Nov 13, 2010

What Do You Think? Newsweek's Lazy Person’s Guide to Being Ecofriendly

Think they are on the money? Could they have chosen better? What would be on your list?

Think you don’t have time to be green? Here are seven small things you can do that have a big impact.

by Ian Yarett, November 08, 2010

excerpts -
The recent election probably quashed the chances for far-reaching climate or clean-energy legislation at the federal level, and with the Republican takeover of the House, even the EPA’s ability to regulate greenhouse-gas emissions may be in jeopardy. In other words, the pressure is on for states, localities, and individuals to do their part to lighten America’s footprint. Now, nobody expects the average person to save the planet. First, it takes time. Second, a lot of us often tell ourselves “someone else will do it.” But even if both are true, there are things individuals can do without breaking a sweat. So if you happen to be on the fence about whether you can easily be a greener guy or gal, we’d like to respond with a resounding “yes you can.” Here are seven ways to get started.

Turn the Knob - Plain and simple, laundry day is a heat sucker. It turns out that 90 percentof the energy used to wash clothes goes to heating the water. -Wash your clothes in cold water. Reduce that nasty carbon footprint. Save more than $100 a year.

Feast on This - Buy Local Produce for fresher and, consequently, higher in nutrients. Reduce needless greenhouse-gas emissions from transport.

Stay Eco-Clean -Typical soaps—including hand soap, dishwashing detergent, and laundry detergent—are petroleum based, and usually contain unhealthy chemicals that can potentially harm people and the environment. But alternatives abound and make more of a difference than you might think. In fact, if every household in the U.S. replaced just one bottle of petroleum-based laundry detergent with an equivalent plant-derived product, 466,000 barrels of oil could be saved.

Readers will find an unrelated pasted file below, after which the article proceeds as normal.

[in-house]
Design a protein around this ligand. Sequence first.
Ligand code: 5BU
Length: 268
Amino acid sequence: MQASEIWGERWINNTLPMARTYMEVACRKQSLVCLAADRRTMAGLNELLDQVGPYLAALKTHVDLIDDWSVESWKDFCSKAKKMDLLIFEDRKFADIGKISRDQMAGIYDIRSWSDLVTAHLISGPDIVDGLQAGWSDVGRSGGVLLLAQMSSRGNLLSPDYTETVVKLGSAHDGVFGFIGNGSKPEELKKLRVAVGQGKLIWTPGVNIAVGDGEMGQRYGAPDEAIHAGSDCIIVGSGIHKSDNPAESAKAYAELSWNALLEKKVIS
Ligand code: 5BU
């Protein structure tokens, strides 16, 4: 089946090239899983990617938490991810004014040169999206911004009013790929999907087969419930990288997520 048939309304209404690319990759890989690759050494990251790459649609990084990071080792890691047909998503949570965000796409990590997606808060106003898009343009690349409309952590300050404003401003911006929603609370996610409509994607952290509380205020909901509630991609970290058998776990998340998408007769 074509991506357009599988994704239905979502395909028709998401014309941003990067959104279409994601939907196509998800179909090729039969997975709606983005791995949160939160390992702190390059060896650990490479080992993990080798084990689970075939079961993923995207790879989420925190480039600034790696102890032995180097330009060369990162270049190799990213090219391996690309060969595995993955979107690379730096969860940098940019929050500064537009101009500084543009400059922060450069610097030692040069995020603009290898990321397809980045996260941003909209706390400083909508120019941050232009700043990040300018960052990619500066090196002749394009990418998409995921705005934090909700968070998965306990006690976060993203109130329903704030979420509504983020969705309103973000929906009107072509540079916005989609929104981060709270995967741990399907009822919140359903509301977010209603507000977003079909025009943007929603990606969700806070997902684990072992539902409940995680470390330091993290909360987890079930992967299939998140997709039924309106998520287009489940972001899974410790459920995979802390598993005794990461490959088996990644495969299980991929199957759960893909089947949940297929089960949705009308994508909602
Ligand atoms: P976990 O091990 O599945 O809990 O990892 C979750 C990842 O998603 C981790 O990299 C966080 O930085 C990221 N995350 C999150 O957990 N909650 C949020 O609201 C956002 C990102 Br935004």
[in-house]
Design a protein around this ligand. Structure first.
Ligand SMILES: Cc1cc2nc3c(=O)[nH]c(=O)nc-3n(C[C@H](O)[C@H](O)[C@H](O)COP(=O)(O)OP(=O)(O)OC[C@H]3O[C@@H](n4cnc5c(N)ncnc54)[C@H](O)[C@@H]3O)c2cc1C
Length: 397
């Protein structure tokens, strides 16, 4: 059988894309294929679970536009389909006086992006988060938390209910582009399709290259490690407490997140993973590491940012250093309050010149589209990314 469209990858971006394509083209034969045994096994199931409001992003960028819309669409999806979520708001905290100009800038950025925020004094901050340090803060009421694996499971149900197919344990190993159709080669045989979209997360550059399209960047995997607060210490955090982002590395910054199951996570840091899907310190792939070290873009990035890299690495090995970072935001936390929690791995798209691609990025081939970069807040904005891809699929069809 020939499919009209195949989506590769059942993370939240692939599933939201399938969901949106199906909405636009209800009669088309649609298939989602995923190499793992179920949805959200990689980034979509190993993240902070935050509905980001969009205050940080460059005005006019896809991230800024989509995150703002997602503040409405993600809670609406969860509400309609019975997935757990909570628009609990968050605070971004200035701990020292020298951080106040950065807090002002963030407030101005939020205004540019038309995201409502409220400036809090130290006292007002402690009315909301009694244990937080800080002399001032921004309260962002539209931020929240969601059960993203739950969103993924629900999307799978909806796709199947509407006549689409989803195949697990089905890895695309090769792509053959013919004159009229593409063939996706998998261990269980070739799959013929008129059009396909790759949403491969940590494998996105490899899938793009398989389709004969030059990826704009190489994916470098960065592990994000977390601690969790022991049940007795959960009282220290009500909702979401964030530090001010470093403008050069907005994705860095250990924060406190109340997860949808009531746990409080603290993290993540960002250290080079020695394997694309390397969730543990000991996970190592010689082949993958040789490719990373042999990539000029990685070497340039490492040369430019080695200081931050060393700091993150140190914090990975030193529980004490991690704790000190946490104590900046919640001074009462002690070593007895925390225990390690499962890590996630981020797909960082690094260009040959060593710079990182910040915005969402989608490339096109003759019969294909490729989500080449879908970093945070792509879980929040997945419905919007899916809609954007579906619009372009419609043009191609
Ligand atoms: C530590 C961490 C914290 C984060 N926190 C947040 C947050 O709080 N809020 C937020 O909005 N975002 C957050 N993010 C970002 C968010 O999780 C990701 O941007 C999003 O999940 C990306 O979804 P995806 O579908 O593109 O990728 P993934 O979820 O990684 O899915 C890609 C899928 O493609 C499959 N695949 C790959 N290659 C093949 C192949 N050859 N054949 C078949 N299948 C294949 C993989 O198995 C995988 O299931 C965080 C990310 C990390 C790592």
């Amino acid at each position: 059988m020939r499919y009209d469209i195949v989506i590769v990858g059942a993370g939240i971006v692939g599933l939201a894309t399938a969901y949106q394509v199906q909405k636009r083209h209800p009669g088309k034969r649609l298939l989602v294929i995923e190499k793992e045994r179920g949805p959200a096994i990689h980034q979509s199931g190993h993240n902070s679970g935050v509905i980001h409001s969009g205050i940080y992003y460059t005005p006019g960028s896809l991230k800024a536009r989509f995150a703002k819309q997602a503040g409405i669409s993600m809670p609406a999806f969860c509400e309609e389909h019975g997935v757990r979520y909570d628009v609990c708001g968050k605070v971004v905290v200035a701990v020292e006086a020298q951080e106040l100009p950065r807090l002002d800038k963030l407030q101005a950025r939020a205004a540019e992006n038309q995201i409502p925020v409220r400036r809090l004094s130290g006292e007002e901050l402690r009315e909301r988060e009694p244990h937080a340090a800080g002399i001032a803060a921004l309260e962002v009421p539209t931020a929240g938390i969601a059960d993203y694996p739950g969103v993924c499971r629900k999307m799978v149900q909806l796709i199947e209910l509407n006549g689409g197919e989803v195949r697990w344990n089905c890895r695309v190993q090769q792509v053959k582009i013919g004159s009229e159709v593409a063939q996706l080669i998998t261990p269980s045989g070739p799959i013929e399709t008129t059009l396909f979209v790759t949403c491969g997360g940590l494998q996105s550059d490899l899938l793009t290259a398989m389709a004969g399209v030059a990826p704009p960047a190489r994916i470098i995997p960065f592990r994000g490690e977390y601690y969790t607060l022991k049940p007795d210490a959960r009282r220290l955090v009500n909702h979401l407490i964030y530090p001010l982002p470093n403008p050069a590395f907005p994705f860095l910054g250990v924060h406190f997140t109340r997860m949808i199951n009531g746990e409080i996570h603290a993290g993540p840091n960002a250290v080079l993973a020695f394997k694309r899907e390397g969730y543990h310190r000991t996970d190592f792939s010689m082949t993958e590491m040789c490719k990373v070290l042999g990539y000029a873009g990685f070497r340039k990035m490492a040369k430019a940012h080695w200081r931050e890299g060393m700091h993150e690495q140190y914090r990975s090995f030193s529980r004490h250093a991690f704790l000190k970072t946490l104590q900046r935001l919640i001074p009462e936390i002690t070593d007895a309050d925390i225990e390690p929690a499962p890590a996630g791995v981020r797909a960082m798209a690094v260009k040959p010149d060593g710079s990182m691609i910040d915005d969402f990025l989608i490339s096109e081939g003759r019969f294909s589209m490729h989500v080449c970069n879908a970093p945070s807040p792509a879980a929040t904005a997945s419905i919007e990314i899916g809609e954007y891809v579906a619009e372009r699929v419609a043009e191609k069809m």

Be Fish-Friendly - If you’re a new or aspiring saltwater aquarist, consider the ecological impact of your next fish purchase. Ornamental fish are often captured from reefs using cyanide, which is dumped into the water to stun the fish and make them float to the surface for easy collection. The fish that survive are sold to aquarium suppliers, but the majority don’t make it. The cyanide also damages coral (which is already threatened worldwide by the impacts of climate change) and the marine life that depend on reefs for survival.

Get Printer-Smart -“Think before you print,” and if you print, print double-sided. Most office printers can do this automatically, and it’s easy to make this your computer’s—or printer’s—default setting. Americans use 50 million tons of paper each year, which takes more than 850 million trees to produce.

Slow Down - More important than what you drive is how you drive it. By driving aggressively (speeding, rapid acceleration, and frequent braking) on the highway, you could be lowering your gas mileage by as much as 33 percent—and by 5 percent if you’re driving around town.

Bank on This - Do you really need a paper copy of every deposit slip, withdrawal slip, and statement from your bank? If you have a computer with an Internet connection, the answer is no. Taking your banking online also makes keeping records easier and cuts down on your footprint.

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